Before the moon enters the umbra in either total or partial eclipse, it is within the penumbra and the surface becomes visibly darker. The portion that enters the umbra seems almost black, but during a total eclipse, the lunar disk is not completely dark; it is faintly illuminated with a red light refracted by the earth's atmosphere, which filters out the blue rays. Occasionally a lunar eclipse occurs when the earth is covered with a heavy layer of clouds that prevent light refraction; the surface of the moon is invisible during totality.
Is there a bracha, a blessing, for an eclipse? Jews have a blessing for everything that brings us benefit. This suggests that if there is no blessing for a significant event, then there is no benefit to the Jew. So, is there a bracha for an eclipse? No, we do not have a bracha and we do not say a bracha for an eclipse. The primary reason we do not say one, is that Chazal, the Sages, did not include eclipses on the list of Wonders of Nature upon which we say Berachot. Why did Chazal not include this phenomenon of nature on the "bracha list". An eclipse is as much a WOW kind of experience as a shooting star or a rainbow. It certainly leads us to marvel at the Creator's handiwork.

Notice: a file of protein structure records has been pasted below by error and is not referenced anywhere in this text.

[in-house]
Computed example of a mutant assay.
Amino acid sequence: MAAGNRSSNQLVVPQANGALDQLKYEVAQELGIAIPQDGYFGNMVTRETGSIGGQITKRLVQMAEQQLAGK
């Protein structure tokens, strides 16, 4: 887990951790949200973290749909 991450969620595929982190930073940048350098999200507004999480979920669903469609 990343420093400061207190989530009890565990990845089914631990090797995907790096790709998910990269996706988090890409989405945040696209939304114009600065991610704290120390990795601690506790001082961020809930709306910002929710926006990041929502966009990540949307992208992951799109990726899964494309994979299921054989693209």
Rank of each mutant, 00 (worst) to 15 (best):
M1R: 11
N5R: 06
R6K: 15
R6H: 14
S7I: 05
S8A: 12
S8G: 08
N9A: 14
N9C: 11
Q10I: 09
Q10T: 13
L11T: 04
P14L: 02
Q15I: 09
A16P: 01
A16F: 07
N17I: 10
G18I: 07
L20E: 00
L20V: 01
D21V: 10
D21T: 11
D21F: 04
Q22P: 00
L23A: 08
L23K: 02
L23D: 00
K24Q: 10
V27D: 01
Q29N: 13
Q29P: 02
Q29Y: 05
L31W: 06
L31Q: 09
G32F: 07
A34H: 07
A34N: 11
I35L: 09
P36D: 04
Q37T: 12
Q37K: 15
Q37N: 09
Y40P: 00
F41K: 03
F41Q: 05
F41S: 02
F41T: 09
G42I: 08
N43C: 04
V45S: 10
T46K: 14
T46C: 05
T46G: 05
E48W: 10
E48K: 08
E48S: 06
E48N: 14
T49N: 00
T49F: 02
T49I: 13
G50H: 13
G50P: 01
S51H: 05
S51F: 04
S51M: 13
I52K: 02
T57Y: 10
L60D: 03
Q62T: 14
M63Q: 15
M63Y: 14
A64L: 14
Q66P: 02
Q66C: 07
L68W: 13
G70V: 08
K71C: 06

The Hebrew term for eclipse gives the answer away. Likui - defect. The Talmud states, as we read earlier, that a Likui of the Sun is a bad sign for the world; a lunar Likui is a bad sign for Israel. Being associated with bad signs, the eclipse was not assigned a bracha.
HaRav Chaim David HaLevi raises the possibility that had eclipses been better understood in days of old, Chazal might have included them in the bracha oseh maasei bereshit with other natural phenomena.
It is probable, however, that Chazal were not relating to what eclipses actually are, but rather to what they appear to us to be. And this does not depend on the scientific details of the mechanics of an eclipse. During an eclipse, we witness the powerful, constant light and energy of the Sun being diminished. Or the light of a full Moon paling to a feeble glow. In both cases, we can read the chilling reminder that it is in HaShem's Hands as to whether we live in light or suffer in darkness. An eclipse might not be a bad sign of a particular event or time, but it still has the negative flavor that kept it off the bracha list.